By Bradley Bigelow ’21
After graduating from The Winchendon School, Bradley matriculated to American University in Washington, DC. This is his second summer working as an intern for The Winchendon School.
“We moved back to Mass after living out in the midwest,” said Tiffany Pellegrini, teacher, and leader of the spirit of America ColLAB. “It’s so odd to go out there and see that the oldest building is only from, like, the 1840s. Massachusetts has so much more history behind it.” I sat in the passenger seat of the 12-person Nissan van, commiserating with Tiffany about in-bound Boston traffic on the infamous Route 2. We were going into the city of Boston that Memorial Day to visit two important historic sites.
Tiffany Pellegrini is a Humanities teacher at The Winchendon School, and a history buff. As a new teacher at the Winchendon School, The Spirit of America is her first ColLAB. On the van ride to Boston alone, you could feel the passion she has for teaching history to her students.
My whole life, I had been a history junkie. I loved exploring old forts, enjoying museums, and soaking in as much of the past as possible. I even won a regional history day competition for having the best project in middle school and advanced to the next round (where I got knocked out by projects that blew my 8th-grade mind). When asked to cover this ColLAB I was absolutely elated- and for good reason. This ColLAB has been living my dream for the past week. They had been to monuments, museums, and everything in between, taking a deep dive into the history of the Commonwealth of Massachusetts.
When we offloaded the van at our first site: the USS Constitution, the kids were excited, and so was I. It was the first time I had seen the ship since I was about 7 years old. As we boarded, we saw the robust construction of the vessel that had allowed it to gain the nickname “Old Ironsides”- in a naval battle during the war of 1812, the Constitution took multiple volleys of British cannon fire to its sides, which simply bounced off the ship, leaving it largely unharmed. I saw the students light up as they made their way down the ladders and into the lower decks of the ship. we had satisfied ourselves with viewing the ship’s interior, and we returned topside and gathered on the docks below to talk about the significance of the Constitution’s history. After a quick group photo, we were on to the next location.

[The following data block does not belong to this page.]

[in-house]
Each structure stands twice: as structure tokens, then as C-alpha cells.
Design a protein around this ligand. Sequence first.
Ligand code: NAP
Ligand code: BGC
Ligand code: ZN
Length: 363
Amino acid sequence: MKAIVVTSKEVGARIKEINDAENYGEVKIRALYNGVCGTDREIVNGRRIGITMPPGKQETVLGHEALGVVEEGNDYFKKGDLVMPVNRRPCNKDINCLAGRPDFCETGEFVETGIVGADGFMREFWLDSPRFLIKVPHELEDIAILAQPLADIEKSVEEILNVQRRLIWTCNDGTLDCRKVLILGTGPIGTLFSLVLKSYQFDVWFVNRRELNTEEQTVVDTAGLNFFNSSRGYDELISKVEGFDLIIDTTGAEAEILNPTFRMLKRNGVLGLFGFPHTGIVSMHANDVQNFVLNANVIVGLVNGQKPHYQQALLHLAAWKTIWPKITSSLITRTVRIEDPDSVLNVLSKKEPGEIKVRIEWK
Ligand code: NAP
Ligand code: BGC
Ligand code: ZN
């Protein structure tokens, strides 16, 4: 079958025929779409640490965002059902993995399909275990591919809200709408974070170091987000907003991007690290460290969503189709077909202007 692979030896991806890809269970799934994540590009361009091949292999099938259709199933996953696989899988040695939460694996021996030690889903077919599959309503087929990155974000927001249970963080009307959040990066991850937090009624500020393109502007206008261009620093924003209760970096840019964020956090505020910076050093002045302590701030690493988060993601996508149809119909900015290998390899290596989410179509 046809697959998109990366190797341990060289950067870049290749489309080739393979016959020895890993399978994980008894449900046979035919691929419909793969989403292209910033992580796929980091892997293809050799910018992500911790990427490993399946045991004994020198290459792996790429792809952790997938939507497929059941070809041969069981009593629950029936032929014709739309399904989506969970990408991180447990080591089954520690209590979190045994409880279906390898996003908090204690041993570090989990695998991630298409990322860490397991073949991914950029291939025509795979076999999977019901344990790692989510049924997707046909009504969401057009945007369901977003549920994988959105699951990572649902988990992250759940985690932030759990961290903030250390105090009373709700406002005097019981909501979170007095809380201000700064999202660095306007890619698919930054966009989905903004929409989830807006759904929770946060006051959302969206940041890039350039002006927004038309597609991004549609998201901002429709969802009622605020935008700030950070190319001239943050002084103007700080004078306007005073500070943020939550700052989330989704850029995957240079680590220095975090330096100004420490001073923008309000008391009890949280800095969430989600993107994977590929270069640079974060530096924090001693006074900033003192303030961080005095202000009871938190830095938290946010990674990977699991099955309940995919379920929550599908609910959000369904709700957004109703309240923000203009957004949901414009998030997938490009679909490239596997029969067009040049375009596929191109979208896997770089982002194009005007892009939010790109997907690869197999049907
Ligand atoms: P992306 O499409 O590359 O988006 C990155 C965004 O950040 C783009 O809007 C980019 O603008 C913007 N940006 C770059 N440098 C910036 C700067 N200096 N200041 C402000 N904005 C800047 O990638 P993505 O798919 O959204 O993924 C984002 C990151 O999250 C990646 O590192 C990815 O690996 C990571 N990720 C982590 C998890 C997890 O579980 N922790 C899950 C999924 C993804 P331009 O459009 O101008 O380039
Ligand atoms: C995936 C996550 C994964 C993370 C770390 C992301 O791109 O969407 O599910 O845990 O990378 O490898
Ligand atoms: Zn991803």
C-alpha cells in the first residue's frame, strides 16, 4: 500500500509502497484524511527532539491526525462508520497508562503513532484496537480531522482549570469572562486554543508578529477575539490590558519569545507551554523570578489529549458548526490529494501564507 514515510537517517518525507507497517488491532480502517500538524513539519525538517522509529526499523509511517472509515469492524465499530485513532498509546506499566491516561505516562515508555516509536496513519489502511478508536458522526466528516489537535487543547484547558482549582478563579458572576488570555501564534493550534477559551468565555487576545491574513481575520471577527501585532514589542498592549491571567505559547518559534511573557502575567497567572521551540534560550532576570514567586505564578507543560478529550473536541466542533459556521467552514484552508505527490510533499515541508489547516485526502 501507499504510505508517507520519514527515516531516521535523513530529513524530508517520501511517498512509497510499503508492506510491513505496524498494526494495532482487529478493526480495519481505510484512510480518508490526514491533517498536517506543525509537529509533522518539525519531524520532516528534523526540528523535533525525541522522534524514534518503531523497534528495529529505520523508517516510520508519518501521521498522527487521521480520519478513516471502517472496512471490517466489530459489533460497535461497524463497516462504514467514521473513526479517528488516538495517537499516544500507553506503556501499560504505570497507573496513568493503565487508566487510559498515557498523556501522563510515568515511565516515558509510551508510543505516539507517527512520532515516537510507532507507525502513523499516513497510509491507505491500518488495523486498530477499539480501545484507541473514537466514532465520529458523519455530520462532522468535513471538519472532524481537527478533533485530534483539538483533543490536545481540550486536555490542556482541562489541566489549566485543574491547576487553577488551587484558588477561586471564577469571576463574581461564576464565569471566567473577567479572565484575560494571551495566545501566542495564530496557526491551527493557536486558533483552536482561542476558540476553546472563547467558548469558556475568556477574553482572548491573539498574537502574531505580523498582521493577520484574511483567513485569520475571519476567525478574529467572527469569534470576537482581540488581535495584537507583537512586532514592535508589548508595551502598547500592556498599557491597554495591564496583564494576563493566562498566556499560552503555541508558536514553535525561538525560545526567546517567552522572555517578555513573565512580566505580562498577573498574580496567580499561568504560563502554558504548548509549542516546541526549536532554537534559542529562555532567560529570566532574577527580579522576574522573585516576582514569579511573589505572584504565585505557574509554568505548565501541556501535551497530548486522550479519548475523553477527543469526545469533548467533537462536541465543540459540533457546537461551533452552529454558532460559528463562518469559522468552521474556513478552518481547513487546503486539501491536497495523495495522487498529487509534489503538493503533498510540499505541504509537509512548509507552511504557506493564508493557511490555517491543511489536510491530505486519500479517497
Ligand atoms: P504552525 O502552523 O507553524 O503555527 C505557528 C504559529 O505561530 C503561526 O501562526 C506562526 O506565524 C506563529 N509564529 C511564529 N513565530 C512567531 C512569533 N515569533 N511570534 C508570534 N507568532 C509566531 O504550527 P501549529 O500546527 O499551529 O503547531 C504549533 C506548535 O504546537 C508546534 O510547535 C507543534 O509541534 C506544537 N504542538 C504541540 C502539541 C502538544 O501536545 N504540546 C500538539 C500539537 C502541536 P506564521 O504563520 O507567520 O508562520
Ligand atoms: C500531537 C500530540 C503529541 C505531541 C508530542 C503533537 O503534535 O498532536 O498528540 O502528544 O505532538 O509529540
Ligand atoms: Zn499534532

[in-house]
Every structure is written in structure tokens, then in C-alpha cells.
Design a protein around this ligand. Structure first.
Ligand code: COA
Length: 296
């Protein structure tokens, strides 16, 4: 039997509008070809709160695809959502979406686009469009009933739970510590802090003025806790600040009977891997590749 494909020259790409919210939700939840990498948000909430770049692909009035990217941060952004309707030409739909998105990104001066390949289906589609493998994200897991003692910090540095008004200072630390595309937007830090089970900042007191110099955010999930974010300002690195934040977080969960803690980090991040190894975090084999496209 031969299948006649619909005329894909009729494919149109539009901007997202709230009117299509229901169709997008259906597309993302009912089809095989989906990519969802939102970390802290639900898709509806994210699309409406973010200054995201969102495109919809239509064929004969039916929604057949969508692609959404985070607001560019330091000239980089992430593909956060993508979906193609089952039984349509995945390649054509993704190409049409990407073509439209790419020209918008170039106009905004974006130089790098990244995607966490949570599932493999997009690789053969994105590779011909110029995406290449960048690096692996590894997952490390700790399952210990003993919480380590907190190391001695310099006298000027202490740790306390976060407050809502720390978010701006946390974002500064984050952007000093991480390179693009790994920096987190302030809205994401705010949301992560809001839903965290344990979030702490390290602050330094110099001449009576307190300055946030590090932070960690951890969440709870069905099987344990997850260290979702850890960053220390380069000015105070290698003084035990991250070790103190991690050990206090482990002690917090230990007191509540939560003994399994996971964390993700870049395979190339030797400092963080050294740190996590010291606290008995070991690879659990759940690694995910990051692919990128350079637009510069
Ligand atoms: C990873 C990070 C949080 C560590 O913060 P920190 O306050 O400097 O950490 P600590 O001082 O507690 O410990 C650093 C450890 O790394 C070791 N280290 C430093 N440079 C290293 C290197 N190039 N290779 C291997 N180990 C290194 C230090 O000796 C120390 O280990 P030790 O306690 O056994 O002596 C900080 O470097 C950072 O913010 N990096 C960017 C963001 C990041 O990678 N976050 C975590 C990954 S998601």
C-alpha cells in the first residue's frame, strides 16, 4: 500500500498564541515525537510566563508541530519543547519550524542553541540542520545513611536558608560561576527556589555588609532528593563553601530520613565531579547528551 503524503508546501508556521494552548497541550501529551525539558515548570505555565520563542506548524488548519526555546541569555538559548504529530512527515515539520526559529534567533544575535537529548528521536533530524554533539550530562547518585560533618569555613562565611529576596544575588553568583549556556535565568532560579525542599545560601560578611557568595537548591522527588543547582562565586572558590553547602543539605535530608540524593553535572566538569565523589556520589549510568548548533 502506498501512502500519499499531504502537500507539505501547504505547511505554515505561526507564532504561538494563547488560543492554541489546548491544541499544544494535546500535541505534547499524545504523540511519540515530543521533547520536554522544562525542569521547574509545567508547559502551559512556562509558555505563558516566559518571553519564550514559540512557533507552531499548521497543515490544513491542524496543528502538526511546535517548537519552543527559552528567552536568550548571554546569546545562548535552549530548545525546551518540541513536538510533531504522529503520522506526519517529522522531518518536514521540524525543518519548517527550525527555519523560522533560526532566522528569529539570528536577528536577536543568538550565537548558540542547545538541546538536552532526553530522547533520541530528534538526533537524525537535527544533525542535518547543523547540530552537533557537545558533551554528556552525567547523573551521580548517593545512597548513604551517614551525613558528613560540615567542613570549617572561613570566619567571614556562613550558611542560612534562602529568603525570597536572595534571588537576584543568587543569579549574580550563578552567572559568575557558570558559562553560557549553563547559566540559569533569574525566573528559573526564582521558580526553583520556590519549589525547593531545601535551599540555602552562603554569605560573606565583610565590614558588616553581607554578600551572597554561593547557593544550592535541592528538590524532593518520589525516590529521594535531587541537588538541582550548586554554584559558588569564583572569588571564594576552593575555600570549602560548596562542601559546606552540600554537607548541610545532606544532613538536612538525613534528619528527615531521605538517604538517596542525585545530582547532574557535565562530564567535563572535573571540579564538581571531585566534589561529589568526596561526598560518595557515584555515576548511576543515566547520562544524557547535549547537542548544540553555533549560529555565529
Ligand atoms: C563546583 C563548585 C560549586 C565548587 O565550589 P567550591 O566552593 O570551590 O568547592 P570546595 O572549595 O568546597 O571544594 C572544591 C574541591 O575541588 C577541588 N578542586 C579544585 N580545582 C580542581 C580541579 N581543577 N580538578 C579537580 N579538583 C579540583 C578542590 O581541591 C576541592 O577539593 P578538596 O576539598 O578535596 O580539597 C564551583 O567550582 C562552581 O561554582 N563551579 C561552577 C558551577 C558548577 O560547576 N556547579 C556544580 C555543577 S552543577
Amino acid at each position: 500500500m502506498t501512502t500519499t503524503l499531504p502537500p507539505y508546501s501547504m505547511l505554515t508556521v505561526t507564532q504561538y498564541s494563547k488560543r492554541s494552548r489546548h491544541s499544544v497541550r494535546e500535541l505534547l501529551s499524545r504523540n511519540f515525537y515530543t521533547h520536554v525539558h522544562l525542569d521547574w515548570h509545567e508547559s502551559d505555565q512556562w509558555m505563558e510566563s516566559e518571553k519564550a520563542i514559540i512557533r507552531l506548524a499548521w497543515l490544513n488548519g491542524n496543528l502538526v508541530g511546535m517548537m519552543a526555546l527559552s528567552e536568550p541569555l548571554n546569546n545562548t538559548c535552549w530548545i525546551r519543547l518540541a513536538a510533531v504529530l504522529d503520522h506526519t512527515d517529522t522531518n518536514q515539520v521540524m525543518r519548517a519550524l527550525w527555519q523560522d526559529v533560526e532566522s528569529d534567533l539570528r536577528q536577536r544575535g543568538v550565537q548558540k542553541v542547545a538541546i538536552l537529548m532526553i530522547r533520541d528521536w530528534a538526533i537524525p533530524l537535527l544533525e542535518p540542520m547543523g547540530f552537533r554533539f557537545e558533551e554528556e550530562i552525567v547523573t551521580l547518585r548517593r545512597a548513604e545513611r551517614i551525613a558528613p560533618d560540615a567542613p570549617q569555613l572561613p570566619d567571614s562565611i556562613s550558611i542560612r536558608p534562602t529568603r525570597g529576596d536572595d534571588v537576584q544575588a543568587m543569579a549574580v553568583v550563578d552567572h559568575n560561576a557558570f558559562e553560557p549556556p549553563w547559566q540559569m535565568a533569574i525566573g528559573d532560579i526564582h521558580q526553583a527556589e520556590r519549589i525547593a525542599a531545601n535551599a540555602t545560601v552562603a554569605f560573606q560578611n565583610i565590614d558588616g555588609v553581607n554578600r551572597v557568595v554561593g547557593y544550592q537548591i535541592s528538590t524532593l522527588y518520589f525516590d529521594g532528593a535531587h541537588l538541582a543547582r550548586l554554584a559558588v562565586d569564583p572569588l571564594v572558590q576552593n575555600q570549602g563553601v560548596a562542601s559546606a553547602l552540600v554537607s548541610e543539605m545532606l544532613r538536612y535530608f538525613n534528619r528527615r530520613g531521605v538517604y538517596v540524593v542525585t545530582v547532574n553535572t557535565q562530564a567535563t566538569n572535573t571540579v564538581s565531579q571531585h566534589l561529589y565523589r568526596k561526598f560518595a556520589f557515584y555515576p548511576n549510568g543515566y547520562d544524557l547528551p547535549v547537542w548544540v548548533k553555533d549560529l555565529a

We got off and readied for a tour of our second location that day, which was Fenway Park. I didn’t know much about the park beyond it being the oldest one in America. Our tour guides elaborated on quite possibly every historical detail of the park, down to the details in the manually operated scoreboard. We toured the whole park- from sitting on the green monster to exploring the garden (which I had never thought I would have seen in a professional ballpark). Exploring Fenway was one of the most interesting activities I had ever done in the city of Boston.
After a pit stop at Wahlburgers, and a short excursion to Newbury street, we piled back into the van and headed home. I was almost history’ed out from the day. Seeing all of the historic sites reminded me of the deep history of Massachusetts and the spirit of its early settlers and minutemen. At the end of our journey, I realized why Massachusetts is called the Spirit of America. The revolutionary spirit can still be felt in the street of Boston and the wilderness westward today.